In addition to killing park rangers, the ivory traffickers are finding various ways to avoid the detection of rangers. In Zimbabwe, poachers are killing elephants for their ivory and then spreading poison onto the dead bodies. The poison is used to kill vultures so that park rangers are unable to know when elephants have been killed.

(More statistics about elephant poaching.)

Source:  Jeffery Gettleman, “Rangers in Isolated Central Africa Uncover Grim Cost of Protecting Wildlife,” New York Times, December 31, 2012.

According to a 2012 report by the WWF, the illegal wildlife trade is worth $19 Billion a year.

The WWF previously estimated that animal and wildlife trafficking to be worth between $15 billion and $25 billion a year.

$19 Billion Source:  Matt McGarth, “Wildlife crime profound threat to nations, says report,” BBC News, December 12, 2012.

$20 Billion sources:

Adrian Levy and Cathy Scott-Clark, “Poaching for Bin Laden,” Guardian, May 5, 2007, (accessed: May 7, 2007).

Alan Campana, “Animal Investigators: Solving Wildlife Crimes and Saving Endangered Species,” Wilson Center, May 20, 2009.

In addition, an editorial in Voice of America News, which provides the “views of the US Government,” states that wildlife trafficking is a $20 Billion market.  Voice of America News, “Fighting Wildlife Trafficking,” Editorial, September 15, 2009.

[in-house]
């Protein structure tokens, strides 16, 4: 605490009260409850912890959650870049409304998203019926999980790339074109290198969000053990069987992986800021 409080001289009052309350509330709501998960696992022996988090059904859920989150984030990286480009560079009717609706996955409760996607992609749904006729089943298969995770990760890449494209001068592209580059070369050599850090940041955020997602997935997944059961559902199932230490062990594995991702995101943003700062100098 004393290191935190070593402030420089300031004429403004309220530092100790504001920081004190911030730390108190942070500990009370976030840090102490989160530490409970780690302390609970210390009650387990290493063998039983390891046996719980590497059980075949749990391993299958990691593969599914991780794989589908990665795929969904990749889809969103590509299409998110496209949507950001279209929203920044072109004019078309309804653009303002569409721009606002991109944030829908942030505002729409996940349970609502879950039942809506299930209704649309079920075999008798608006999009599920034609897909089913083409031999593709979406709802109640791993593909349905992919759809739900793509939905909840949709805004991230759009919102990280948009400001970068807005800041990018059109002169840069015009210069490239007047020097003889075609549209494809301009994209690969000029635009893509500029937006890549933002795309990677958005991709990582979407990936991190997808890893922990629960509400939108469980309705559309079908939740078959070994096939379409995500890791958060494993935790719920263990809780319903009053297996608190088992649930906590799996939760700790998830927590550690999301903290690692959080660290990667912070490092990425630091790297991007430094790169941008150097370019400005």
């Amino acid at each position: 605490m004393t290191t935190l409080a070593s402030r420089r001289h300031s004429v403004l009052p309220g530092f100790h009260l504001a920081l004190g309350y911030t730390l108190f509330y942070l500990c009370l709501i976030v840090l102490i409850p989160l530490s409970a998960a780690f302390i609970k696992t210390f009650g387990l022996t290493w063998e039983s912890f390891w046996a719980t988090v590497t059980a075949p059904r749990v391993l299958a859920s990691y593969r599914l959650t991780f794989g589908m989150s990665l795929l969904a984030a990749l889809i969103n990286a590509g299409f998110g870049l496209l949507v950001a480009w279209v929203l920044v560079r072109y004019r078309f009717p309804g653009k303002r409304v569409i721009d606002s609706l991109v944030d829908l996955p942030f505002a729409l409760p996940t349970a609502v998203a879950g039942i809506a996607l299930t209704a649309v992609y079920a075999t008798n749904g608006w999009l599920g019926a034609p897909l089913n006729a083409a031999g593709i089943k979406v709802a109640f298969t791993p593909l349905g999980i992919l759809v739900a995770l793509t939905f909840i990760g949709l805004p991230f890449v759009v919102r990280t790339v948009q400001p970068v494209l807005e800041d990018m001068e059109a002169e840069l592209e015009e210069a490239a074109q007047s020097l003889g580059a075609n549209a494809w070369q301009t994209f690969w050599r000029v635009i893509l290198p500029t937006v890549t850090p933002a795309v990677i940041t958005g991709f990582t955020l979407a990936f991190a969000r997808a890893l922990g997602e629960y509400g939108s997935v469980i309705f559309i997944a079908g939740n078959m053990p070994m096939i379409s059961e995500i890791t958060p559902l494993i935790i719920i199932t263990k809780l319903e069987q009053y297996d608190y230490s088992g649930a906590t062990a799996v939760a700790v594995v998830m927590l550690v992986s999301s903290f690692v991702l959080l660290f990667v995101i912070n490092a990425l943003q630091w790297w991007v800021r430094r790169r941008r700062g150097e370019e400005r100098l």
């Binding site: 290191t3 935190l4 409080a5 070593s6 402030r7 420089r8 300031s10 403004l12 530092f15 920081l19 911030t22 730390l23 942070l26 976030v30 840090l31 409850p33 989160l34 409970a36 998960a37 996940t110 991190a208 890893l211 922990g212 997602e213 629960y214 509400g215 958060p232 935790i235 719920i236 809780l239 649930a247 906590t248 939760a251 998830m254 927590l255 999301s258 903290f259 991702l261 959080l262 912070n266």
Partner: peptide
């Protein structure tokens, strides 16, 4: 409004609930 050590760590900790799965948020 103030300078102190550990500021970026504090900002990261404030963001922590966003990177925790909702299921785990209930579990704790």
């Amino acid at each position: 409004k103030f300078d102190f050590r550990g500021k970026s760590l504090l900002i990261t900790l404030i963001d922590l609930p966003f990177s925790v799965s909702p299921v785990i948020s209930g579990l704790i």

Chinese Officials reported that over 21,000 tons of rare earth minerals was smuggled out of the country in 2011. The amount of minerals smuggled out of the country was 20 percent higher than the 18,600 tons that was legally exported out of China.

State media in China reported that of the 21,000 tons of smuggled minerals, Customs officials investigated eight cases involving 769 tons of rare earth minerals in 2011.

China holds up to 23 percent of the world’s rare earth deposits, but accounts for over 90 percent of the global supply. Rare earth minerals are used for many electronic devices, such as cell phones and batteries.

Source: Zhang Yan and Wang Qian, “Smuggling blights rare earths industry,” China Daily, December 10, 2012.

In 2011, unauthorized timber activities in Russia generated 10 million cubic meters of logs and timber to China. The value of the illegal exports was worth $1.3 Billion, according to the Environmental Investigation Agency.

(See more statistics about crime in Russia.)

Source:  Howard Amos, “Chinese Timber Hunger Drives Illegal Logging in Russia’s Far East,” Moscow Times, December 5, 2012.

A police officer with the Los Angeles Police Department stated that illegal vendors who sell bunnies in the Fashion District can make up to $300 to $400 a day during the week. On weekend, where there are more customers, the traffickers can make up to $1,000 selling bunnies.

Law enforcement officers stated that the vendors pay a portion of their revenues to the 18th Street Gang in order to sell their animals on the streets as a form of protection money.

Source:  Ana Garcia and Robbi Peele, “Collaring Animal Traffickers a Low Priority for LAPD,” NBC 4: Southern California, December 5, 2012.

Between 2000 and 2011, the number of foreign timber imported into China’s manufacturing industry tripled to reach 180 million cubic meters in 2011.China is the largest wood importer in the world.

According to estimates by the Environmental Investigation Agency, at least 10 percent of the timber that was imported into China was illegally logged.

Source:  AFP, “China demand fuels illegal logging: report,” Google News, November 29, 2012.